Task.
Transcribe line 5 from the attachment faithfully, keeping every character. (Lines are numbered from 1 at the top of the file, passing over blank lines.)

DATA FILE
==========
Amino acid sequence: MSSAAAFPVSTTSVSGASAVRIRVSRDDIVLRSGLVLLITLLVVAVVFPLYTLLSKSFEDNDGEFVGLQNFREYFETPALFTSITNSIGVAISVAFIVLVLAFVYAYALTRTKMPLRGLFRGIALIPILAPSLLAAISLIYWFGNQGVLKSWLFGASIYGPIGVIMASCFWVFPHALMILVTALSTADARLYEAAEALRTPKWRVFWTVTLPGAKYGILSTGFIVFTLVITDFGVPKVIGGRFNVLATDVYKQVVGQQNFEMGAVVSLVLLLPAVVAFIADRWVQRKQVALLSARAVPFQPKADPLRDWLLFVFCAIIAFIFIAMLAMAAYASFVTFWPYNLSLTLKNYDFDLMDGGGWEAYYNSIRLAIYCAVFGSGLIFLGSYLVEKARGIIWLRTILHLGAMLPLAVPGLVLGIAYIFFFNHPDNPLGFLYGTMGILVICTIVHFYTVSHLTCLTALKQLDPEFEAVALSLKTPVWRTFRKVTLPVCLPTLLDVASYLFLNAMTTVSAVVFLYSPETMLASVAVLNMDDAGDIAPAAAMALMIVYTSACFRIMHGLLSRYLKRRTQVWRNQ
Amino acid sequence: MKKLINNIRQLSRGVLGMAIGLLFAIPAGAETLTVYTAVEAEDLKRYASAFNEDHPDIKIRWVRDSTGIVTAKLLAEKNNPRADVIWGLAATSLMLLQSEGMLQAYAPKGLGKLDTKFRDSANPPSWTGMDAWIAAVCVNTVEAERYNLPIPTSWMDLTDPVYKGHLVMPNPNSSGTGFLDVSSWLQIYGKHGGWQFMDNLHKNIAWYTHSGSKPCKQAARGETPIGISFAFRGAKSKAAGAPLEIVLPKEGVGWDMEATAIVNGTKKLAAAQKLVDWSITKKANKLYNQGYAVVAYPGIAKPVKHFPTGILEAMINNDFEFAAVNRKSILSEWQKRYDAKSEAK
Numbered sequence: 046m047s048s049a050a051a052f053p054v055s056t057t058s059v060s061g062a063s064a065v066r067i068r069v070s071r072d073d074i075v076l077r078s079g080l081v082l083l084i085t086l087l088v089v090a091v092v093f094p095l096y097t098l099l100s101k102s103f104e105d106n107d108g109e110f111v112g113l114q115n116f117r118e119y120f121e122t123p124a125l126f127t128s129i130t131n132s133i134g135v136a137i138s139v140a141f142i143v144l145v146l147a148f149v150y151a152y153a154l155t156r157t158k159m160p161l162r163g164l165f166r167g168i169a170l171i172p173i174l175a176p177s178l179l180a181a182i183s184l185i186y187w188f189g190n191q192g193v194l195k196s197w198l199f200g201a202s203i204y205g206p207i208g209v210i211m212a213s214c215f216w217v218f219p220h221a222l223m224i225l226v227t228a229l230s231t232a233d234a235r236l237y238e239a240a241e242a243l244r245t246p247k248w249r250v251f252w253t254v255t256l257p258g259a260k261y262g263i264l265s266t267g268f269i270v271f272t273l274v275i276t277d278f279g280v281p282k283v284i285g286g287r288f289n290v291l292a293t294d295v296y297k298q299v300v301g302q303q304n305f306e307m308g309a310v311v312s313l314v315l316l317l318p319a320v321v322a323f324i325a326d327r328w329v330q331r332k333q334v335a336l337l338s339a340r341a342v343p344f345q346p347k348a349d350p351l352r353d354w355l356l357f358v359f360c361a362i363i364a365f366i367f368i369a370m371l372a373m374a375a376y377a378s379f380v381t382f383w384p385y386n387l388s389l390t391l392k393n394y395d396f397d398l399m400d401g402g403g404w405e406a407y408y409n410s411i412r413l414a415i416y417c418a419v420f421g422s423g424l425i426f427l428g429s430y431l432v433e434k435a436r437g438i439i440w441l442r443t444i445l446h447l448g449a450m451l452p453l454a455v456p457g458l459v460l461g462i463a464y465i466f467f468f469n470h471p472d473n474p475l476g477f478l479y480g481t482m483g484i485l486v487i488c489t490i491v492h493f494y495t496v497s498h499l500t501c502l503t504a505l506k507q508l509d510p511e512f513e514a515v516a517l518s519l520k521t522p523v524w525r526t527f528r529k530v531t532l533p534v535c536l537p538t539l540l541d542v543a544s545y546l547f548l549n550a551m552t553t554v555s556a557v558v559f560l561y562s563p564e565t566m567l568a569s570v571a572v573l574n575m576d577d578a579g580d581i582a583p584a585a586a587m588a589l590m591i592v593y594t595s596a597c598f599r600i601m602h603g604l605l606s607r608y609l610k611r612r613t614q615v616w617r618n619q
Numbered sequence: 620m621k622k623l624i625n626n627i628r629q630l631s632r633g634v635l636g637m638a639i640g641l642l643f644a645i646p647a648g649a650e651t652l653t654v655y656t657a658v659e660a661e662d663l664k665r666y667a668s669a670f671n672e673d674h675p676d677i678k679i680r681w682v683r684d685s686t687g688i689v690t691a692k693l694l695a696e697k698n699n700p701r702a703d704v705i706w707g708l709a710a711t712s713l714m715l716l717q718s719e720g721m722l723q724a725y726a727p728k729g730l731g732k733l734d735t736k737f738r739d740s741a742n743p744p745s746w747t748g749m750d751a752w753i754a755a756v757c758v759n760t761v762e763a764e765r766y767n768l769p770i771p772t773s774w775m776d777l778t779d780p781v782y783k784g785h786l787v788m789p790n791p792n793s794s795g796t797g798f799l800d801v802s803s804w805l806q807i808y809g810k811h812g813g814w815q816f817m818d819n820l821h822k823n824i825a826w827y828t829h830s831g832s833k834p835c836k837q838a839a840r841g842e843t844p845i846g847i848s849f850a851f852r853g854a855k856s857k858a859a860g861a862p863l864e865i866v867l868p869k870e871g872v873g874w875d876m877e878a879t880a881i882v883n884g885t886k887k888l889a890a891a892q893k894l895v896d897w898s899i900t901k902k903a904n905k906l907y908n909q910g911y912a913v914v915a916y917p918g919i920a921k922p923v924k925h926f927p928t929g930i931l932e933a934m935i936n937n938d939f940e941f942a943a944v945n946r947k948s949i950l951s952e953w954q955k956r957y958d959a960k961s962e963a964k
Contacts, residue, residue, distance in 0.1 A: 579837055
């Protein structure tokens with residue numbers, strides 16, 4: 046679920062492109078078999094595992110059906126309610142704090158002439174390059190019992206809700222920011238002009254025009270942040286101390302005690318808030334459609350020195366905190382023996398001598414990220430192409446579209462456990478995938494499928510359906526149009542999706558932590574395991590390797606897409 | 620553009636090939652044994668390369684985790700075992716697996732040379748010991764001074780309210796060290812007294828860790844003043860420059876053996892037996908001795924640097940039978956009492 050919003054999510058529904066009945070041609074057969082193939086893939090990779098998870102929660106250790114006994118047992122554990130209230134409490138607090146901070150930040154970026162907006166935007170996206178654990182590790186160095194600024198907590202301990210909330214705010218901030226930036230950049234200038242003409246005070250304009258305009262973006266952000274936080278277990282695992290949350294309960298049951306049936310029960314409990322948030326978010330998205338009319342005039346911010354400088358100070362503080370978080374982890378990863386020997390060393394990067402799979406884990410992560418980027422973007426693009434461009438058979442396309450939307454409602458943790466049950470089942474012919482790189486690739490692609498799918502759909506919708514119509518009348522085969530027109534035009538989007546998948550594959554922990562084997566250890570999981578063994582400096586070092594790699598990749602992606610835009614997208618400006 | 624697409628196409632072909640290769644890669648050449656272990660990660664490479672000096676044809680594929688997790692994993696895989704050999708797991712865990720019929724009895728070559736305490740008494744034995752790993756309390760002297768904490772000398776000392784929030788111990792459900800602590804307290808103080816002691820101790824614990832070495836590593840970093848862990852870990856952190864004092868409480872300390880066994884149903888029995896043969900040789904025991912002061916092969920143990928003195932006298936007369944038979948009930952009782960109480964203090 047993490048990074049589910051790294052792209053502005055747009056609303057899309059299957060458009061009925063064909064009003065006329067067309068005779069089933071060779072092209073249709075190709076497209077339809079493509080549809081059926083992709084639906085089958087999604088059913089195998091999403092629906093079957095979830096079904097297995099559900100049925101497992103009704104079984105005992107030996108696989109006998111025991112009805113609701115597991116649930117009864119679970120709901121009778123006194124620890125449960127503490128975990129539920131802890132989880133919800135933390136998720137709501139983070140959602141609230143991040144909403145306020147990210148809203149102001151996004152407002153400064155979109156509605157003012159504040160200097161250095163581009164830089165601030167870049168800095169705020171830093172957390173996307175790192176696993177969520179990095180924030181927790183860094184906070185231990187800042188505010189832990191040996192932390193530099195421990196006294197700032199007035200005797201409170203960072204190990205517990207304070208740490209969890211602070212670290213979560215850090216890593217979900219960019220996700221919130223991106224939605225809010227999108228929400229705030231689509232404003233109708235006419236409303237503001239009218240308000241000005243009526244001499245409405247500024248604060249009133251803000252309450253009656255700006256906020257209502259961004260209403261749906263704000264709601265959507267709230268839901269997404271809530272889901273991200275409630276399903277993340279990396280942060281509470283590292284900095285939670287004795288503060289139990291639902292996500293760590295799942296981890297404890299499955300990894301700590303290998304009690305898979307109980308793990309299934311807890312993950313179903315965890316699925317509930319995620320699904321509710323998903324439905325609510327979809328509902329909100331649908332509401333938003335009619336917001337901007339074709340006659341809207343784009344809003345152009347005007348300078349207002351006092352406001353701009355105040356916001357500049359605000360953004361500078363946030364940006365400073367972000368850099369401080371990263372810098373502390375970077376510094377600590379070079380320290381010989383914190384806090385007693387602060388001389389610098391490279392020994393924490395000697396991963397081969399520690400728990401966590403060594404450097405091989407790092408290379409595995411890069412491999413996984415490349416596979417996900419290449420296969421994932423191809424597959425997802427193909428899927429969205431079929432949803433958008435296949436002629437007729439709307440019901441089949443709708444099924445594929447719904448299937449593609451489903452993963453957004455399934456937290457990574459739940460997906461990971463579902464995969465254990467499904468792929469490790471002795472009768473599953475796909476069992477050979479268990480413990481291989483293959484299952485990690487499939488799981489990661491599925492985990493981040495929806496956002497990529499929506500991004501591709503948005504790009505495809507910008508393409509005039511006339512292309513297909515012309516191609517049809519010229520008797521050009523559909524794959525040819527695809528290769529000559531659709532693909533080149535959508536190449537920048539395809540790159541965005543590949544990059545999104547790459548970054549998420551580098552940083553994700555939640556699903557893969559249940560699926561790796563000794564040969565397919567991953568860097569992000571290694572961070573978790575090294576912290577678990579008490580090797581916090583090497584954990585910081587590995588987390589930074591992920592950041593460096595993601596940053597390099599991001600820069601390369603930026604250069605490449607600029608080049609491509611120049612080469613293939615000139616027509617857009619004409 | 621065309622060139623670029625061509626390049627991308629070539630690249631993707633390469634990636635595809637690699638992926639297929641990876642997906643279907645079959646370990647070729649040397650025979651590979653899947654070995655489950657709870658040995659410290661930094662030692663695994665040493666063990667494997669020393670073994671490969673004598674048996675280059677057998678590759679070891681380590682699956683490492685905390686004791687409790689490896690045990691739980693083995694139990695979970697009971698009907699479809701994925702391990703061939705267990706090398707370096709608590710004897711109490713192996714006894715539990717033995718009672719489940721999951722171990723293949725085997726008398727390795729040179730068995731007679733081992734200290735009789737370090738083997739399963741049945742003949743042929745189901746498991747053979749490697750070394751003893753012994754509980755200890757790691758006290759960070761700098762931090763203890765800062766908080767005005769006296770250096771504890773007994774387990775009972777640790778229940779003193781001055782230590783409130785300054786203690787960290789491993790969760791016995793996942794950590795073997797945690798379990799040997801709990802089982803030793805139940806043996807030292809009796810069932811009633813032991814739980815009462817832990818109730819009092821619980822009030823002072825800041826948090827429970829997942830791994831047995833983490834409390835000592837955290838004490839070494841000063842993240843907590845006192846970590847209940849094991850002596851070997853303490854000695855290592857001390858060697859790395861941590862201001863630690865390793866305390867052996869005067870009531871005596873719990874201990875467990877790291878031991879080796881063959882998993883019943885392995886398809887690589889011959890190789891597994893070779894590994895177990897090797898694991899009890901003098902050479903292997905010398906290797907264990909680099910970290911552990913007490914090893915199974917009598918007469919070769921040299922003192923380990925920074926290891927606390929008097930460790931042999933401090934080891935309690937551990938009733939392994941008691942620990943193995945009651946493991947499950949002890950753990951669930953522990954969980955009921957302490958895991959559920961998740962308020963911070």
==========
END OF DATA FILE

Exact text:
Contacts, residue, residue, distance in 0.1 A: 579837055